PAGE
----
3 Essential Time Management Skills

Is the best planner paper or electronic? Should I get a daily planner or one that displays the whole month? What color planner is most effective? ’Tis the time to get your planner ready for a new year — is it time to buy a new one?

Some people have a tried-and-true planner they buy year in and year out (I’m looking at you, hard cover Moleskin weekly planner). Most students, however, switch from one planning tool to another as they slowly develop their time management abilities. One week they are using a small notebook to write down their to-do list; another week they’re using Google Keep and Google Calendar on their phone. Or they start out using the academic planner provided by the school, then they are simply using nothing, relying on memory and occasional check-ins of the school’s homework portal.

Students who ricochet from one option to the next have not yet found a strategy that works for them, so which planner is best? The answer is, I’m afraid, that depends. Students need to be in charge of the strategies they use to organize their time. So, if one student prefers to use her phone and another likes to use a paper planner, it’s all good! Any time management tool can be effective as long as it accomplishes three things:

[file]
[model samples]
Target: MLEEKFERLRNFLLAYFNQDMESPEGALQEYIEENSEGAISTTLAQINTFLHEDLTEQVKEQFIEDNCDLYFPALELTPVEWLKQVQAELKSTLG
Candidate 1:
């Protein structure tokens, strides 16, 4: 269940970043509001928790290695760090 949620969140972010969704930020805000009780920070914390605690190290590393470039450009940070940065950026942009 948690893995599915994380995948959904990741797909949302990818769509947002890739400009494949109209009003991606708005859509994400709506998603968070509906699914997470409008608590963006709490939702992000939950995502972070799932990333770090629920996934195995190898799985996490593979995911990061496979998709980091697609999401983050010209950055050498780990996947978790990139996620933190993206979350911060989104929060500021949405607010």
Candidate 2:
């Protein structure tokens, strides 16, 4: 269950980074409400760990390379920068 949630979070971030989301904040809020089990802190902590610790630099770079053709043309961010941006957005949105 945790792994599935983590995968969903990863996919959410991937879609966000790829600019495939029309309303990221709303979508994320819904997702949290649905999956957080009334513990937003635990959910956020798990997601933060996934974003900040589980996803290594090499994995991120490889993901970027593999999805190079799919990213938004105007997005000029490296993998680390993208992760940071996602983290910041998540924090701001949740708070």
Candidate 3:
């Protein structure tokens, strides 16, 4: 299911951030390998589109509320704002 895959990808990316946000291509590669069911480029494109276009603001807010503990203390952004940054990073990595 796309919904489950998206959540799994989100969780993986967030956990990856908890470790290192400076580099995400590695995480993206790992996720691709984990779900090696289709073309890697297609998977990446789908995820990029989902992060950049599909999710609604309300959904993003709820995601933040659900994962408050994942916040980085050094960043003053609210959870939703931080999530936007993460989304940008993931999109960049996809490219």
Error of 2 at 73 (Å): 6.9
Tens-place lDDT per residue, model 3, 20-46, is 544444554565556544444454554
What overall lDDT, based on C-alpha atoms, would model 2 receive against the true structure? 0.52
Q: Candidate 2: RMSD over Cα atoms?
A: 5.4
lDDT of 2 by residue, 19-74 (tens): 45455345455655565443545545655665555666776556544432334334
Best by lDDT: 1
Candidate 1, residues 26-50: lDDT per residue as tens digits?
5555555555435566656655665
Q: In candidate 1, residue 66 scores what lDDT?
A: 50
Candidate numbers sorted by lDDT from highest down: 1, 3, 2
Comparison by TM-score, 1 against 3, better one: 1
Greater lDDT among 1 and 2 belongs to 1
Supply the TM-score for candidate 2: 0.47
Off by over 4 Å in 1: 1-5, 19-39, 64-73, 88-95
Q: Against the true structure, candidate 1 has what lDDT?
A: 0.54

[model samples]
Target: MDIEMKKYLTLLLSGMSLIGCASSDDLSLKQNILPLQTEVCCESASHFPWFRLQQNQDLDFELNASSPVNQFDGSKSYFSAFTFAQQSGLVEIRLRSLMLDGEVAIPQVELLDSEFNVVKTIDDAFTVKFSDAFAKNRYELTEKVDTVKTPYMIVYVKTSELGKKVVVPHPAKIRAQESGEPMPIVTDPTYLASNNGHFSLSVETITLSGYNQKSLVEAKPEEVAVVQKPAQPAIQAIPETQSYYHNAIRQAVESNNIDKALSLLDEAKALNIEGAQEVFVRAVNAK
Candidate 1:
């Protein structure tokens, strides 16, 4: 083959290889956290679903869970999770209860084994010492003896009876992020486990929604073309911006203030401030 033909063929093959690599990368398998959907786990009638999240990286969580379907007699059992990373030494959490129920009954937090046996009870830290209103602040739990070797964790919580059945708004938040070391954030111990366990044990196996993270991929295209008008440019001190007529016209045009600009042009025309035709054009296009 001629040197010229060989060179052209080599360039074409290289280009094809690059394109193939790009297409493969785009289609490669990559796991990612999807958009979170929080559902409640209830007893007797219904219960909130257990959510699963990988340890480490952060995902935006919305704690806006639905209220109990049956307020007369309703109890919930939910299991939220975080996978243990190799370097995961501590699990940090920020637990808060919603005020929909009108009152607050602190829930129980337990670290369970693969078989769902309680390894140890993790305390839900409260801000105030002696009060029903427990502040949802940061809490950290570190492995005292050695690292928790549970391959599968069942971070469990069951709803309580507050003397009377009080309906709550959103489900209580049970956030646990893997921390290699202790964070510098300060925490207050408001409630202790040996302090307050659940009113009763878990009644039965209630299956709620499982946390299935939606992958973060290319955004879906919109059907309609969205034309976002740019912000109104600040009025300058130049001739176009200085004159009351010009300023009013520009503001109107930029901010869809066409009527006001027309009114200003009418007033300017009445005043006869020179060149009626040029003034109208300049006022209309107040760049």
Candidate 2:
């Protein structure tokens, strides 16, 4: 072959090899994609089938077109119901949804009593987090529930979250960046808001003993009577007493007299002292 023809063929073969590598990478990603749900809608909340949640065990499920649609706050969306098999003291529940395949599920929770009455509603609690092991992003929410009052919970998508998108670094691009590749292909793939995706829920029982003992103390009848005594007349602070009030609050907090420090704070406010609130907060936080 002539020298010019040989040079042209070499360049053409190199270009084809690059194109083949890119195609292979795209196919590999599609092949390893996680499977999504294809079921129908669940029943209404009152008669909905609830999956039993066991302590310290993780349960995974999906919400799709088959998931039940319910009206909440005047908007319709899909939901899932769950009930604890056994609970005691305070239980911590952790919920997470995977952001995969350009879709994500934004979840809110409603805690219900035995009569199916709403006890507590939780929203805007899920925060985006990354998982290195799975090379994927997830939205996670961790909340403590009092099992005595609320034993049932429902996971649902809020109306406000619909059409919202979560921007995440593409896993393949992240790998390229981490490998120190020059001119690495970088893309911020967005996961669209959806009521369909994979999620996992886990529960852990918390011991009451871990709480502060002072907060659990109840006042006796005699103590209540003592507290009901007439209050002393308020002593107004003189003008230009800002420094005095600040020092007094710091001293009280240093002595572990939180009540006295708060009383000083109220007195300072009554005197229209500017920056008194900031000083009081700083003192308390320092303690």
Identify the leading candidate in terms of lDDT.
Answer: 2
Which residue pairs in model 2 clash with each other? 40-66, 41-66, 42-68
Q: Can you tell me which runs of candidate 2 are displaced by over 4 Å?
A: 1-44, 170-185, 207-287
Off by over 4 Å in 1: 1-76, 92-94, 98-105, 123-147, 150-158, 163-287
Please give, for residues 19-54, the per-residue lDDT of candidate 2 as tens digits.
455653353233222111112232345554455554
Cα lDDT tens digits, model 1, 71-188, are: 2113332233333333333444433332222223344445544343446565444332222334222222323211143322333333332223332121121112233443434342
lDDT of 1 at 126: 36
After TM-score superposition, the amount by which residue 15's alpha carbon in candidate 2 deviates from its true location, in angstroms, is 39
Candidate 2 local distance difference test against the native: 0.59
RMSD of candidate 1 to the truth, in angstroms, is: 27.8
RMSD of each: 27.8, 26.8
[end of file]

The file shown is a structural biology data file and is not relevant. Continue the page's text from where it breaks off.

Make time visible

There is a difference between the reality of time passing and how time feels. Plans that include words like “soon” or “in a little while” are dangerous because they are not concrete. A planner needs to help students envision time in a concrete way, by breaking down tasks in terms of specific, measured amounts of time (e.g., hours, days, weeks, and months).


One of the hardest parts about being an adult is juggling the many tasks that make up our day, and the same is true for students! As they get older and advance through the grades, students are responsible for an ever growing number of things both in school and out. Prioritizing is the secret to being an effective time manager, so a good planner will help students create a personalized plan to getting all of their work done.

Plan ahead

Planners help us expand our window of time. Students may think they have completed everything, but they might have a major paper or test only a few days away. A good planner will help students see what is coming up, so they can start large assignments before things get overwhelming.

Whatever planning tool your students like to use, ask them to identify strategies to accomplish each of these three time management skills, and they’ll be well on their way to creating time management strategies that will serve them through school and their professional lives.

  • Michael Greschler, M.Ed., SMARTS Director